# Activity Monitoring Introduction
Kloudless Activity Monitoring is provided by the Activity API, which allows your application to monitor for changes in connected cloud accounts. Activity monitoring enables your app keep track of account activity to support features such as email and calendar sync.
For example requests and responses, descriptions of available endpoints, and a list of supported services, see our Activity API documentation.
This guide will explain how to enable and use activity monitoring in your app.
# Enabling activity monitoring
Subscriptions are required to use the Activity API endpoints. There are two ways to enable activity monitoring:
By default, each account can have only one subscription. If your app requires multiple subscriptions for an account, feel free to contact us, and we'd be glad to help you find a solution.
# Option 1: Enable activity tracking
Enabling activity tracking automatically creates a subscription for any account that connects to your application after configuring this setting. Activity is tracked beginning from the time the subscription is created.
Follow these steps to enable activity tracking for your Kloudless project:
Log in to your Kloudless account and navigate to the Webhooks and Activity Monitoring page.
Under the Activity Monitoring section, check Track Activity and click Save.
For accounts that have already been connected, simply re-connect the account, or manually create a subscription with an empty request body.
# Option 2: Manually create a subscription
To manually enable activity monitoring, create a subscription by making a
POST request to the
create a subscription endpoint
with the relevant
account_id parameter. By default, the subscription's
subscription_type will be set to
changes; this subscription type monitors
the account for new activity.
# Monitoring individual resources
For a subset of connectors, you have the option to monitor specific resources
by specifying a list of resource IDs in the
when creating a subscription. For example, you can include a list of drive IDs
monitored_resources attribute to monitor activity from multiple shared
drives in a Google Drive account.
For services that support monitoring individual resources, types of resources
you can monitor, and limits on the number of monitored resources you can
monitor, see the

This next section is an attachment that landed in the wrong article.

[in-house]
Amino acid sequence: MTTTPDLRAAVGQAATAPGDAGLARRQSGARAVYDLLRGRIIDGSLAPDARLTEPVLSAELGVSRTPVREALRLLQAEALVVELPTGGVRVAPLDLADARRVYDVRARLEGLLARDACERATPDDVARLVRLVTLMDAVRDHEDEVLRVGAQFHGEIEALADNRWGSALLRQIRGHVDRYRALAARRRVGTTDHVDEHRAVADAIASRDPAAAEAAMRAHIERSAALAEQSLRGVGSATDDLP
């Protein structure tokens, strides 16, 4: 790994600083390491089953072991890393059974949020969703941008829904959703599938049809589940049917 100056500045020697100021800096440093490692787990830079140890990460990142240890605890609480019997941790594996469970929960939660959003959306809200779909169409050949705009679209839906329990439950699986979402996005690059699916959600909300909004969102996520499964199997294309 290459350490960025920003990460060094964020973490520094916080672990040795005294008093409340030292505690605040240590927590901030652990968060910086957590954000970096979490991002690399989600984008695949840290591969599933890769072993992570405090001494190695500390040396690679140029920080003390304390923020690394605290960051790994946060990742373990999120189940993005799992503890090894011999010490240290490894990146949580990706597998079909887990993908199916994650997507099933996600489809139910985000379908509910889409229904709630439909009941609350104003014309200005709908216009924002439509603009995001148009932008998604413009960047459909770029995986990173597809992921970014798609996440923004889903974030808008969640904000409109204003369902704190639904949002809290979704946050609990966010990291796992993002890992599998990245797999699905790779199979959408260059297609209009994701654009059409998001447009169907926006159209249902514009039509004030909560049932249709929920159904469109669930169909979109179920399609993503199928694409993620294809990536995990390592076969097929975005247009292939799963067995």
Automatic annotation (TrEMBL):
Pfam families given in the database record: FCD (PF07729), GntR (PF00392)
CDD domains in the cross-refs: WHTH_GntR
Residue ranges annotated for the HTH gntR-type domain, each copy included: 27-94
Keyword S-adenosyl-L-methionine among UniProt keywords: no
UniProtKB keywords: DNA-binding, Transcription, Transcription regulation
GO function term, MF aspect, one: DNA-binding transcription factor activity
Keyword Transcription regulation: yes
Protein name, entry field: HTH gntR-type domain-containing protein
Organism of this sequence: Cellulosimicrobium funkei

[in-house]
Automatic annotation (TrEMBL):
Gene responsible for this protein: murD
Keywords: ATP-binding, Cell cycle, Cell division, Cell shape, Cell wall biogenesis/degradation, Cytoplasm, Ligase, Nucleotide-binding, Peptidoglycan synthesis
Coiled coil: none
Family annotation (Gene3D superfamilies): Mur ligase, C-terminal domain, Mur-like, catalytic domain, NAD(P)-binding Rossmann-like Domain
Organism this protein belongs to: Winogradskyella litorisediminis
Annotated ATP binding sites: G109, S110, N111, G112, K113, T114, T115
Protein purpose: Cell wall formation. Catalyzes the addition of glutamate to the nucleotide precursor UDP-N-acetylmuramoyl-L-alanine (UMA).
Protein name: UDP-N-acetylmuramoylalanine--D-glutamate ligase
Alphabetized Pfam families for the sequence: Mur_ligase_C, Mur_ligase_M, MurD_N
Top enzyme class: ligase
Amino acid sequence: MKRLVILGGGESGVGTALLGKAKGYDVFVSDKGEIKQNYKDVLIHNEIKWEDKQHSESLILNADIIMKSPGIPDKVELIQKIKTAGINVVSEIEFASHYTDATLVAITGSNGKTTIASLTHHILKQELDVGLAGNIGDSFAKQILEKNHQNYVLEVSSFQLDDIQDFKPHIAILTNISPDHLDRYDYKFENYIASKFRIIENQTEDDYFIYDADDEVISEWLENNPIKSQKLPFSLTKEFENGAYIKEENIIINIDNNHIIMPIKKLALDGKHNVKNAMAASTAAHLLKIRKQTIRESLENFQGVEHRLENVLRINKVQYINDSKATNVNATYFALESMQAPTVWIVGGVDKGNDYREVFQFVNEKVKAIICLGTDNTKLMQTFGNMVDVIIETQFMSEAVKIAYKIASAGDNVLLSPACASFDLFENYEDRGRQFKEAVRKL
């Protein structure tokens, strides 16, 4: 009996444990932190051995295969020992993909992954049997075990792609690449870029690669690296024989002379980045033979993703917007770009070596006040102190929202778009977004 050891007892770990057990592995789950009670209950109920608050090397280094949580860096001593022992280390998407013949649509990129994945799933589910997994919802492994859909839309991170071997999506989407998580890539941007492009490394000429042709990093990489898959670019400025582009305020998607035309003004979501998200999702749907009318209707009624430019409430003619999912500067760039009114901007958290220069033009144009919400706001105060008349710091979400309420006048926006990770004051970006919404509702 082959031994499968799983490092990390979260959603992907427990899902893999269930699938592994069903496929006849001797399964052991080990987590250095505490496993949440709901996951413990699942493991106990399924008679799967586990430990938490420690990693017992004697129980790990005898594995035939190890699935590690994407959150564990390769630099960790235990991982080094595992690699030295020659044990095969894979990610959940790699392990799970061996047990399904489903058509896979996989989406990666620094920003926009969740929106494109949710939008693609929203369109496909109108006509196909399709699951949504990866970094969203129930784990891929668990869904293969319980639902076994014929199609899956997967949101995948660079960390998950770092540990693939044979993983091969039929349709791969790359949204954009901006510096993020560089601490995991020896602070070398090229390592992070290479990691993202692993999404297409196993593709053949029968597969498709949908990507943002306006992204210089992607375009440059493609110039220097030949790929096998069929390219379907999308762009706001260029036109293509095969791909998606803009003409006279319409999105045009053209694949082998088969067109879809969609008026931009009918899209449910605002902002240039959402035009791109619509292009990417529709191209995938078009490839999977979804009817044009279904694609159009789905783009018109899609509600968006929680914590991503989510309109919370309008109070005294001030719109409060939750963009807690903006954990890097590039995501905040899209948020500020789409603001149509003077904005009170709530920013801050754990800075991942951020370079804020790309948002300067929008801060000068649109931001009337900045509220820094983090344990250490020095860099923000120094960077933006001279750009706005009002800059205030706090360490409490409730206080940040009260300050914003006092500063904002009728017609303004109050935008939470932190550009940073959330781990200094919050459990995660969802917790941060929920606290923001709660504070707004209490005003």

monitored_resources attribute in the
Subscription object documentation.
Contact us to have limits raised on the number of resources each of your application's connected accounts can monitor.
# Using activity monitoring
There are two methods of obtaining activity data:
- Querying the list activity endpoint for new activity data
- Receiving new activity data via a notification queue, such as Amazon Eventbridge, Google Cloud Pub/Sub, or Azure Service Bus.
# Querying the list activity endpoint
list activity endpoint
to retrieve activity data. The alias
default can be used for the
Your application also needs to keep track of the
cursor attribute which is
part of the Activity API's response. Make an initial request to the
list activity endpoint
and use the returned value of
cursor as your initial cursor. You can also
make a request without any cursor to retrieve all activity data since the
account's subscription was created.
Here is an example of what a cURL request to retrieve the default subscription's metadata looks like:
curl -X GET --header 'Authorization: Bearer TOKEN' \ 'https://api.kloudless.com/v1/accounts/me/subscriptions/default'
Once your application has saved the previous or initial value of
pass it in to the next request to the
list activity endpoint.
In each subsequent request, pass in the value of
cursor returned from the
previous response to avoid seeing the same activity in the next response.
An example request to the list activity endpoint specifying a
cursor value is
curl -X GET --header 'Authorization: Bearer TOKEN' \ 'https://api.kloudless.com/v1/accounts/me/subscriptions/default/activity' \ -G -d cursor='123456789'
# Kloudless webhooks
Kloudless allows you to create webhooks to notify your application when activity has occurred in the resource you are subscribed to. Kloudless webhooks are much more efficient than polling since your application is notified of when to query the list activity endpoint. For this reason, we recommend configuring webhooks for your Kloudless project.
You can set up a webhook on the app's Webhooks and Activity Monitoring page.
For more specific details about webhooks, see the webhooks section of the Activity API docs.